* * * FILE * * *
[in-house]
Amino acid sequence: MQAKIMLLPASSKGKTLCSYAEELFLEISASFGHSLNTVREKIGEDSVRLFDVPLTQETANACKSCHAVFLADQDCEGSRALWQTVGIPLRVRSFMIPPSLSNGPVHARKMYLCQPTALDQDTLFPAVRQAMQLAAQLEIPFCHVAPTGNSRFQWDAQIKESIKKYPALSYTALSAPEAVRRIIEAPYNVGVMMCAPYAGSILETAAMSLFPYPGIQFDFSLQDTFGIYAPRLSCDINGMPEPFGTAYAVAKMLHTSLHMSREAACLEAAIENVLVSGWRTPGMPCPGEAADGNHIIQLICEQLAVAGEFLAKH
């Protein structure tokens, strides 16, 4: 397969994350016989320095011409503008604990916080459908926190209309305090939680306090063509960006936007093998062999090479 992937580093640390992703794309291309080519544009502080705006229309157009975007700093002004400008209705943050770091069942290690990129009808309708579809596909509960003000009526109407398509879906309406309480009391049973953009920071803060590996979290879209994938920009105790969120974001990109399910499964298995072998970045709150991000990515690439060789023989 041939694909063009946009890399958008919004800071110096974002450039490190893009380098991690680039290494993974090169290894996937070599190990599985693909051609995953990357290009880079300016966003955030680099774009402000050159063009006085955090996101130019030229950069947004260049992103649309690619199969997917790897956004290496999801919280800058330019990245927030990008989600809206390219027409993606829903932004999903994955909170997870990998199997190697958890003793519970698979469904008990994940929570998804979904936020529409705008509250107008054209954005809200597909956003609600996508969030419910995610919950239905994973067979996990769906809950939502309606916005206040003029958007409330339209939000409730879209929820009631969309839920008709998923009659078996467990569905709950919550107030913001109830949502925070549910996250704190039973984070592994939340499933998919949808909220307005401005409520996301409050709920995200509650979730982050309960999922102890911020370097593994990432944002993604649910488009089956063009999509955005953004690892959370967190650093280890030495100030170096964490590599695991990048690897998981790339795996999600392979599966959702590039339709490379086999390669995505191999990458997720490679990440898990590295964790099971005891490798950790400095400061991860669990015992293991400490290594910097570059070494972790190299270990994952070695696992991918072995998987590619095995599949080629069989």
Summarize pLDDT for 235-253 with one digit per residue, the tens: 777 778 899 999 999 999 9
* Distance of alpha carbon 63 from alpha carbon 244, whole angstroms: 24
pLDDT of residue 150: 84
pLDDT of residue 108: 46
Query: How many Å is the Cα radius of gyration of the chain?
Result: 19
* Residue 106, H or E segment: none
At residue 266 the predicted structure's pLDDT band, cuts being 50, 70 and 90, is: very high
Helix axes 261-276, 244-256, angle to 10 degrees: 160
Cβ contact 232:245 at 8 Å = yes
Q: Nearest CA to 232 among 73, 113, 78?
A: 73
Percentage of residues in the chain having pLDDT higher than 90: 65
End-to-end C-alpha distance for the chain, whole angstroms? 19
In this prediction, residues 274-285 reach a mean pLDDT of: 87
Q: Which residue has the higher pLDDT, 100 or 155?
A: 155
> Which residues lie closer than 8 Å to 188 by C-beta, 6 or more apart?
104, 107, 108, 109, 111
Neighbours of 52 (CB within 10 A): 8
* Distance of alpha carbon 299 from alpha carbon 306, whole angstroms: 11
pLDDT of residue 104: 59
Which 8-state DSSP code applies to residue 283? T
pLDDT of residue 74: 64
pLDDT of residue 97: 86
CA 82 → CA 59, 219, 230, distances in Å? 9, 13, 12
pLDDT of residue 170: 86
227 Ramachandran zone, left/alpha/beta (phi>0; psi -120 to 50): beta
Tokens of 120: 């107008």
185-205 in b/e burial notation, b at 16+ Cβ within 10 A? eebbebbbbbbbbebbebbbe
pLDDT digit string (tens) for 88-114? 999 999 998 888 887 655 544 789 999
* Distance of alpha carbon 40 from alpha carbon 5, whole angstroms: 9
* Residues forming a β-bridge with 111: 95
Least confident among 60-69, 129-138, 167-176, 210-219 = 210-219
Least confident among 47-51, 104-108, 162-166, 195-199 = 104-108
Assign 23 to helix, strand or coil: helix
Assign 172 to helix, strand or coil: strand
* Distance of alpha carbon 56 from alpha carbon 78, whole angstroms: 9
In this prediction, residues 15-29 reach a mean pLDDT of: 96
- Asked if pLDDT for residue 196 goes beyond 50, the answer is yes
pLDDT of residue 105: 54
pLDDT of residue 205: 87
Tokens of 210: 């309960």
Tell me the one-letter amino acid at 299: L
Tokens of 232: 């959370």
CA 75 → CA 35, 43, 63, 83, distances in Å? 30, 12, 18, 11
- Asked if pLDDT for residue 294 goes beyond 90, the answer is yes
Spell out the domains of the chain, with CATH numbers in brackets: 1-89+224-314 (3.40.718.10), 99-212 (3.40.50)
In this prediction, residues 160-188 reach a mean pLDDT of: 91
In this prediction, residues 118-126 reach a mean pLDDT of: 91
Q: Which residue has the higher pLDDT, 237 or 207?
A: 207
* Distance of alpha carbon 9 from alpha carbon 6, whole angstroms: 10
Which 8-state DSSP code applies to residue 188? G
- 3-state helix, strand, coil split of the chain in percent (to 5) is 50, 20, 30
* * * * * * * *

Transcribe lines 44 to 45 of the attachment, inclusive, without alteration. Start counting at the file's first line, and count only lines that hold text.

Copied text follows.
pLDDT of residue 105: 54
pLDDT of residue 205: 87